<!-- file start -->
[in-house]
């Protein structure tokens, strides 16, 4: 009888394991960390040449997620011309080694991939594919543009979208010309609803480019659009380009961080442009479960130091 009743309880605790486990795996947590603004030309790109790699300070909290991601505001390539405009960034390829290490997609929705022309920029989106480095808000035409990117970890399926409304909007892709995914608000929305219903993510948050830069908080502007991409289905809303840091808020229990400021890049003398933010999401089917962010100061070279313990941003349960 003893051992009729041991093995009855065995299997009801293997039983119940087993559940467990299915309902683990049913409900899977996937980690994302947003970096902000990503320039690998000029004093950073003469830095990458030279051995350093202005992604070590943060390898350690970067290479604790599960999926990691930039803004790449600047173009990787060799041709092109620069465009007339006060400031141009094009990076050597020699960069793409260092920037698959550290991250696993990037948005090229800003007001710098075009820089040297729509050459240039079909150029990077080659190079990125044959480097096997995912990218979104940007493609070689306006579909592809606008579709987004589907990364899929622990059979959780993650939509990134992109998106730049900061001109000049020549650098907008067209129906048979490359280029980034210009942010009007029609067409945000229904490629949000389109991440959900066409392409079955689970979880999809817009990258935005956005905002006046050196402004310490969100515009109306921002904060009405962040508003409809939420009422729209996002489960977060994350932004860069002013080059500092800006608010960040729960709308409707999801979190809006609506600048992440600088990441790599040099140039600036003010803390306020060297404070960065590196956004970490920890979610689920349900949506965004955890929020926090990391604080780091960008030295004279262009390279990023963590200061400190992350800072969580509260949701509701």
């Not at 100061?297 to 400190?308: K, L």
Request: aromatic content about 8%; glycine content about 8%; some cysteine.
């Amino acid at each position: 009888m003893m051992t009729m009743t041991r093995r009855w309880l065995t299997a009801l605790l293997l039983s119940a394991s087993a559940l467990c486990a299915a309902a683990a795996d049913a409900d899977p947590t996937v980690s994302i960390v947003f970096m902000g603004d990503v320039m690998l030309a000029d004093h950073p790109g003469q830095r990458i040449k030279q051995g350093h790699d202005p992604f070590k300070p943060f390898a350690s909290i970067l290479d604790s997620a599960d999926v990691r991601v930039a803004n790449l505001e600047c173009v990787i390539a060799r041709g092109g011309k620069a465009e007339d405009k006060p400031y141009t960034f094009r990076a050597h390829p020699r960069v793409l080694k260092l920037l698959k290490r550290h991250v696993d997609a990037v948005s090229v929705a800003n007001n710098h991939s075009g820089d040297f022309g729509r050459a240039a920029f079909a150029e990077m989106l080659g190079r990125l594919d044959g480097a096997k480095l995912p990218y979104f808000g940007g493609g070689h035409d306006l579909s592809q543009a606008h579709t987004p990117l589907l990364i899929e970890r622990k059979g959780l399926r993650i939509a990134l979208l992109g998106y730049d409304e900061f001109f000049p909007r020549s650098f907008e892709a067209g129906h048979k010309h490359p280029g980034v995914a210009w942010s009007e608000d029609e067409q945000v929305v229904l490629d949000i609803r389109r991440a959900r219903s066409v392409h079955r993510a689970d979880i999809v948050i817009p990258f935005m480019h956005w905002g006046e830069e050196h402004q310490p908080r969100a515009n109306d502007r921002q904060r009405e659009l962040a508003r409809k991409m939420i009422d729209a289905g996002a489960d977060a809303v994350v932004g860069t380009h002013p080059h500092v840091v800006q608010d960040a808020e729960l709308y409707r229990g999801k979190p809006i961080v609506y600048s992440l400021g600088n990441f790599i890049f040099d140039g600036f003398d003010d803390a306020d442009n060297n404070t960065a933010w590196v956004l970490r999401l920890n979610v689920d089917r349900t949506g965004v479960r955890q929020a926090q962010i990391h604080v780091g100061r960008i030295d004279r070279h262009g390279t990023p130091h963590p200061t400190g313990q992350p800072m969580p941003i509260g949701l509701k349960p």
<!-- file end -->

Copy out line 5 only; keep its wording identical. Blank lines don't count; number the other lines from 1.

């Amino acid at each position: 009888m003893m051992t009729m009743t041991r093995r009855w309880l065995t299997a009801l605790l293997l039983s119940a394991s087993a559940l467990c486990a299915a309902a683990a795996d049913a409900d899977p947590t996937v980690s994302i960390v947003f970096m902000g603004d990503v320039m690998l030309a000029d004093h950073p790109g003469q830095r990458i040449k030279q051995g350093h790699d202005p992604f070590k300070p943060f390898a350690s909290i970067l290479d604790s997620a599960d999926v990691r991601v930039a803004n790449l505001e600047c173009v990787i390539a060799r041709g092109g011309k620069a465009e007339d405009k006060p400031y141009t960034f094009r990076a050597h390829p020699r960069v793409l080694k260092l920037l698959k290490r550290h991250v696993d997609a990037v948005s090229v929705a800003n007001n710098h991939s075009g820089d040297f022309g729509r050459a240039a920029f079909a150029e990077m989106l080659g190079r990125l594919d044959g480097a096997k480095l995912p990218y979104f808000g940007g493609g070689h035409d306006l579909s592809q543009a606008h579709t987004p990117l589907l990364i899929e970890r622990k059979g959780l399926r993650i939509a990134l979208l992109g998106y730049d409304e900061f001109f000049p909007r020549s650098f907008e892709a067209g129906h048979k010309h490359p280029g980034v995914a210009w942010s009007e608000d029609e067409q945000v929305v229904l490629d949000i609803r389109r991440a959900r219903s066409v392409h079955r993510a689970d979880i999809v948050i817009p990258f935005m480019h956005w905002g006046e830069e050196h402004q310490p908080r969100a515009n109306d502007r921002q904060r009405e659009l962040a508003r409809k991409m939420i009422d729209a289905g996002a489960d977060a809303v994350v932004g860069t380009h002013p080059h500092v840091v800006q608010d960040a808020e729960l709308y409707r229990g999801k979190p809006i961080v609506y600048s992440l400021g600088n990441f790599i890049f040099d140039g600036f003398d003010d803390a306020d442009n060297n404070t960065a933010w590196v956004l970490r999401l920890n979610v689920d089917r349900t949506g965004v479960r955890q929020a926090q962010i990391h604080v780091g100061r960008i030295d004279r070279h262009g390279t990023p130091h963590p200061t400190g313990q992350p800072m969580p941003i509260g949701l509701k349960p």